Strategies of obligate intracellular parasites for evading host defences

B. Fenton Hall, Keith A. Joiner

Research output: Contribution to journalArticlepeer-review

44 Scopus citations


During the course of establishing infection in a susceptible host, obligate intracellular parasites evade host defence mechanisms before, during and after entry into host cells. Before entry they circumvent the lytic activity of the complement cascade, during cell entry they avoid being killed by toxic oxygen metabolites and after entry they escape nonoxidative killing mechanisms such as degradation by lysosomal hydrolases. Different intracellular parasites, exemplified here by Leishmania spp, Trypanosoma cruzi and Toxoplasma gondii, undermine host defences at each step by various strategies that ultimately ensure their targeting to, and survival in, an appropriate intracellular compartment.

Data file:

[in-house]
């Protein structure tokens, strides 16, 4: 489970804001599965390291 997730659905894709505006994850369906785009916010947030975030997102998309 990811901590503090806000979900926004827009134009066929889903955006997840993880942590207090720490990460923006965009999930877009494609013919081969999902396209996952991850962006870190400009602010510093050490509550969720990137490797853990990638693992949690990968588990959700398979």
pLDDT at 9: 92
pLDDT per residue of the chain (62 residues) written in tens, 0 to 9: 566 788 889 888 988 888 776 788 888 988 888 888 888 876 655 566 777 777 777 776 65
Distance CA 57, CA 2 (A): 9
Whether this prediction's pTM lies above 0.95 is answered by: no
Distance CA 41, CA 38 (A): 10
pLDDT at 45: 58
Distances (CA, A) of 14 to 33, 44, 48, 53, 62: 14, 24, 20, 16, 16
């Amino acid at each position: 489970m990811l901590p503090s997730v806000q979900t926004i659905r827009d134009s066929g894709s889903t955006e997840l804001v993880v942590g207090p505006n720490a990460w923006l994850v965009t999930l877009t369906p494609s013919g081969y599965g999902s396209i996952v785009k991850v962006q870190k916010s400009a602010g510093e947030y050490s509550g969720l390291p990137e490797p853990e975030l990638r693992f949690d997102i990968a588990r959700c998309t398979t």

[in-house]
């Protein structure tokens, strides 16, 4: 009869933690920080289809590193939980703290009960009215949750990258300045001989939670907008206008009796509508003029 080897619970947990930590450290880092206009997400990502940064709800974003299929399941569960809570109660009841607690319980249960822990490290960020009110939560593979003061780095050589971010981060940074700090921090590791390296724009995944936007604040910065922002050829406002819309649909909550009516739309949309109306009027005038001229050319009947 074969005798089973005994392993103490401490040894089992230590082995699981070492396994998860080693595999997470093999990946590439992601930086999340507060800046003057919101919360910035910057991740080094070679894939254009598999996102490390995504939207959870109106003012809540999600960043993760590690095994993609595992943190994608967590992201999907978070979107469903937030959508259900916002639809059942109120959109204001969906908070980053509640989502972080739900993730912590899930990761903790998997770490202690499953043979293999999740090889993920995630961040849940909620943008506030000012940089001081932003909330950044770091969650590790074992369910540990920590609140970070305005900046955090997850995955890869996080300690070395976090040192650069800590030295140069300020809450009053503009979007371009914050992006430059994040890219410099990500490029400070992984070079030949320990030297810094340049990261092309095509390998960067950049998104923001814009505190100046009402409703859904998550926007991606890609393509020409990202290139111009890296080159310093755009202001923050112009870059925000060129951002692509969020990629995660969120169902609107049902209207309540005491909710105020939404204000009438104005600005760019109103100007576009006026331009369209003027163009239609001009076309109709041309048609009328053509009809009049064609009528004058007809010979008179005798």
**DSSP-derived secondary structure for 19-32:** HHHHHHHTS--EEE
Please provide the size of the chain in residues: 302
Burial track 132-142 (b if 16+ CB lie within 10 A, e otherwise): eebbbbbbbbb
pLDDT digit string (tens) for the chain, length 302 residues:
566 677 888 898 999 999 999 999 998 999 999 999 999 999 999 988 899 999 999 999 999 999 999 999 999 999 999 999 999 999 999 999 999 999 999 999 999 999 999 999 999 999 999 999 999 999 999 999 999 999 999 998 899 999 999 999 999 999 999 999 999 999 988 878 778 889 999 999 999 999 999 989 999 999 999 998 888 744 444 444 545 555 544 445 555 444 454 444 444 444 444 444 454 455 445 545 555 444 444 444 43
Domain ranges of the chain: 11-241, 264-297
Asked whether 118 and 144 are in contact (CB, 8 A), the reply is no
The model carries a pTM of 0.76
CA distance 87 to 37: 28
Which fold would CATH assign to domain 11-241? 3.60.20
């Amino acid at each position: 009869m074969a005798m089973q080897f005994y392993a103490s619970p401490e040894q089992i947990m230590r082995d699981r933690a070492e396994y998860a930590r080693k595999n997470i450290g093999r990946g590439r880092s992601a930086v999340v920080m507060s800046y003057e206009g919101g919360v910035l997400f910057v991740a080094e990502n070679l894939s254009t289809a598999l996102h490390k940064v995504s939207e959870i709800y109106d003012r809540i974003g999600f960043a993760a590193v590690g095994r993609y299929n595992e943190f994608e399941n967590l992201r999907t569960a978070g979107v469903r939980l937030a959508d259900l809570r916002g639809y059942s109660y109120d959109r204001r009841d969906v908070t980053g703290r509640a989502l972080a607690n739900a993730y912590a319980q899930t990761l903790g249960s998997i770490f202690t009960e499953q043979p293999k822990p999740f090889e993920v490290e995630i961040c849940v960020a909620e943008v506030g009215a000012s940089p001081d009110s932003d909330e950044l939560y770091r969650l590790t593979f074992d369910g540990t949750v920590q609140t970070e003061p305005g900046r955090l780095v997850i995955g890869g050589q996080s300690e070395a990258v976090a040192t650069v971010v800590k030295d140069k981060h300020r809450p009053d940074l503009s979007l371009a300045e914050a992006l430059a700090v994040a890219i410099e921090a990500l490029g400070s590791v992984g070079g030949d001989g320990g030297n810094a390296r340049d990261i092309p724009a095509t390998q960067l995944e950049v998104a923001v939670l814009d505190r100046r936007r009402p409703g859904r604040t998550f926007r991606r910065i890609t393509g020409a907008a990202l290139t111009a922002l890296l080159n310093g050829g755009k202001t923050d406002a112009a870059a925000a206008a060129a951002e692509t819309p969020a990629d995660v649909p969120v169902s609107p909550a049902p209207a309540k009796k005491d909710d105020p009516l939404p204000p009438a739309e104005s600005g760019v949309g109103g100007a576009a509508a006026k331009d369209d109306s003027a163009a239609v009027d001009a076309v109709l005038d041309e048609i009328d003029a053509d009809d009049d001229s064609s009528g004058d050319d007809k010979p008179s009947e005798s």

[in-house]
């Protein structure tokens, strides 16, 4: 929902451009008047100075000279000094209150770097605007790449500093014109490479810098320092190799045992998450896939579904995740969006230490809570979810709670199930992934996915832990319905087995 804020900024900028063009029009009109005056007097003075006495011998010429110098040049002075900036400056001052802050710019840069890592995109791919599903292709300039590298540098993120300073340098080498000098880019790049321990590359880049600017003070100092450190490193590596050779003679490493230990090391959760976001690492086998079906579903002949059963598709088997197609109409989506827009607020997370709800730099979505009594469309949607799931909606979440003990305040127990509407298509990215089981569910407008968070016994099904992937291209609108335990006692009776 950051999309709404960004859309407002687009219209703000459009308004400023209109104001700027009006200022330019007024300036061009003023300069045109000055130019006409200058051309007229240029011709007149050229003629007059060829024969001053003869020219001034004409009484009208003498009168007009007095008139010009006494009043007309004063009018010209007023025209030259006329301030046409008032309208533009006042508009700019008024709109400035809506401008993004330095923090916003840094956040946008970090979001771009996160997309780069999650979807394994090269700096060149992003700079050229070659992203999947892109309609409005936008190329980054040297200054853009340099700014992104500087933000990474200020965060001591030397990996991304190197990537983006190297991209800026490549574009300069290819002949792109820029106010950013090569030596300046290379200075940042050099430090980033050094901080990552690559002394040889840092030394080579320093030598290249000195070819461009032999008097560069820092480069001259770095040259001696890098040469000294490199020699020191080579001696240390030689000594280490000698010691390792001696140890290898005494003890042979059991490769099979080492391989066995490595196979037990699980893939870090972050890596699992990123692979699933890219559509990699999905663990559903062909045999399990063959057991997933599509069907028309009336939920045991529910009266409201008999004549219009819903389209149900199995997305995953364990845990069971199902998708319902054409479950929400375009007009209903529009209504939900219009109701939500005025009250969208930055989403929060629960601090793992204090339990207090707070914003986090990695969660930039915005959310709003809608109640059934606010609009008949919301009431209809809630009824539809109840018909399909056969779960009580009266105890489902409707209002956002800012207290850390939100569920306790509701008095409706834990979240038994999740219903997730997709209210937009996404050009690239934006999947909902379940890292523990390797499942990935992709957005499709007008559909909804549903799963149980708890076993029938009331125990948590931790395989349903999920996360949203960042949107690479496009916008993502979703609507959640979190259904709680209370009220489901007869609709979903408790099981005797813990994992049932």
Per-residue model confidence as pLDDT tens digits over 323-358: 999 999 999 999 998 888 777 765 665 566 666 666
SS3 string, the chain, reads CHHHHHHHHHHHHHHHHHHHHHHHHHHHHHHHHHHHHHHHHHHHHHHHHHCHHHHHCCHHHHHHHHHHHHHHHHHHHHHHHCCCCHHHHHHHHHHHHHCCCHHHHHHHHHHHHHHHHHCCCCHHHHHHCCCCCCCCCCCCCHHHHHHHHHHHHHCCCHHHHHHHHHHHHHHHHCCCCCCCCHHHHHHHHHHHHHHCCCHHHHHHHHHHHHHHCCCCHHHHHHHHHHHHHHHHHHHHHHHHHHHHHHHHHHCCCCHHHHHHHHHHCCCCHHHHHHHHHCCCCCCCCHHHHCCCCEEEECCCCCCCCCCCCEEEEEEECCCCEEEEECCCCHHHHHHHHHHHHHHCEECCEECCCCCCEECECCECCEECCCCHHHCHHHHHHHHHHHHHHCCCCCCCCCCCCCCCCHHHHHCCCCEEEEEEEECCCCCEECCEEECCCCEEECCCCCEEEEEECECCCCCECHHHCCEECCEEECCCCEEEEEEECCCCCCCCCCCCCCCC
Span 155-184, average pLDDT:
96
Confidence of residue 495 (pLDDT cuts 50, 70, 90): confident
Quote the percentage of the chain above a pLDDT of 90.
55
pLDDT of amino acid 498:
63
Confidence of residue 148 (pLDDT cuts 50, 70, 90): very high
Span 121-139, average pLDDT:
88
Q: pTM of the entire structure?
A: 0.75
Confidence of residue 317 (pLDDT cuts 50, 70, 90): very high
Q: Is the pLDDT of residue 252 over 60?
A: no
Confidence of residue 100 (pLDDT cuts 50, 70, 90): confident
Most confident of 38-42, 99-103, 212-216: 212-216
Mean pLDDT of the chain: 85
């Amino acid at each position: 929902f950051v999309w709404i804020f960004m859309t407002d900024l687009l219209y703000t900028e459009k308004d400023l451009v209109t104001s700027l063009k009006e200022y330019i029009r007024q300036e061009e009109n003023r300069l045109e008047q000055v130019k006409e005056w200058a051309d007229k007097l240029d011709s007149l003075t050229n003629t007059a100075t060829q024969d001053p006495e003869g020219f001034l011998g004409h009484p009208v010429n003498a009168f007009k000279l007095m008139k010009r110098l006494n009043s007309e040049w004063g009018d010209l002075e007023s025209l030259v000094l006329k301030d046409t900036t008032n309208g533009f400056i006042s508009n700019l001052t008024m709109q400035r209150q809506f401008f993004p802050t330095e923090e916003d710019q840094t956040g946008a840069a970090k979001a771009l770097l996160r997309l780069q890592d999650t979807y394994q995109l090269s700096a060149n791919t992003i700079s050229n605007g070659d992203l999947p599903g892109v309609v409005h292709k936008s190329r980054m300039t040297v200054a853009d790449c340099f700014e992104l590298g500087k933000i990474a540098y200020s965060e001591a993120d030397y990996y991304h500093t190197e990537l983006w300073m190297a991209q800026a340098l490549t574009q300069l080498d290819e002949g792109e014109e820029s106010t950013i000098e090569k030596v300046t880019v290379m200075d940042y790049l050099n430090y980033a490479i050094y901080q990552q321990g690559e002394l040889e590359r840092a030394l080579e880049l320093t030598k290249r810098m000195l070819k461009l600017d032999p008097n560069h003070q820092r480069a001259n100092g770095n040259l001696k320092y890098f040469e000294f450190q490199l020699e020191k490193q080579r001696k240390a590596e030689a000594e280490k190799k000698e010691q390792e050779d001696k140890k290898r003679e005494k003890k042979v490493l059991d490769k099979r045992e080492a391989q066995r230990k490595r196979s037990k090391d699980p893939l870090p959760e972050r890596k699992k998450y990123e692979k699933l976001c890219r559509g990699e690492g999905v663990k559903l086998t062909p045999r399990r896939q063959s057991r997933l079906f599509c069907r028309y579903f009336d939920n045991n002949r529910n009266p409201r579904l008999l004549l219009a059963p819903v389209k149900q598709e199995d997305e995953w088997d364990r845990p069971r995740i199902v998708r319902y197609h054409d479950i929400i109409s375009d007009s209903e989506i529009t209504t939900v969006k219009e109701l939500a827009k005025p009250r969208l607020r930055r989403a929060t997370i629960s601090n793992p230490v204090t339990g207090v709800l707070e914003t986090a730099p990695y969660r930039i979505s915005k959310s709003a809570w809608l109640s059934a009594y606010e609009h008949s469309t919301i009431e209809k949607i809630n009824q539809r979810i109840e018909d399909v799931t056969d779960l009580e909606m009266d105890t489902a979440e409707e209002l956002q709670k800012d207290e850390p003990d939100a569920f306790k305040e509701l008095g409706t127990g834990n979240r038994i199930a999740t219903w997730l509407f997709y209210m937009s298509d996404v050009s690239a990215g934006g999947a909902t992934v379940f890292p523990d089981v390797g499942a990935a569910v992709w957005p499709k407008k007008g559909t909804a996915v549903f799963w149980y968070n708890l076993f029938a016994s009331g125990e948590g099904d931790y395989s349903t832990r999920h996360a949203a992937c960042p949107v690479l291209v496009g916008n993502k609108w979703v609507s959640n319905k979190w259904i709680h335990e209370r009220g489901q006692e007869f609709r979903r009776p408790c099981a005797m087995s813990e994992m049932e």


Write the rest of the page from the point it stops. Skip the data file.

Original languageEnglish (US)
Pages (from-to)A22-A27
JournalImmunology Today
Issue number3
StatePublished - 1991

ASJC Scopus subject areas

  • Immunology


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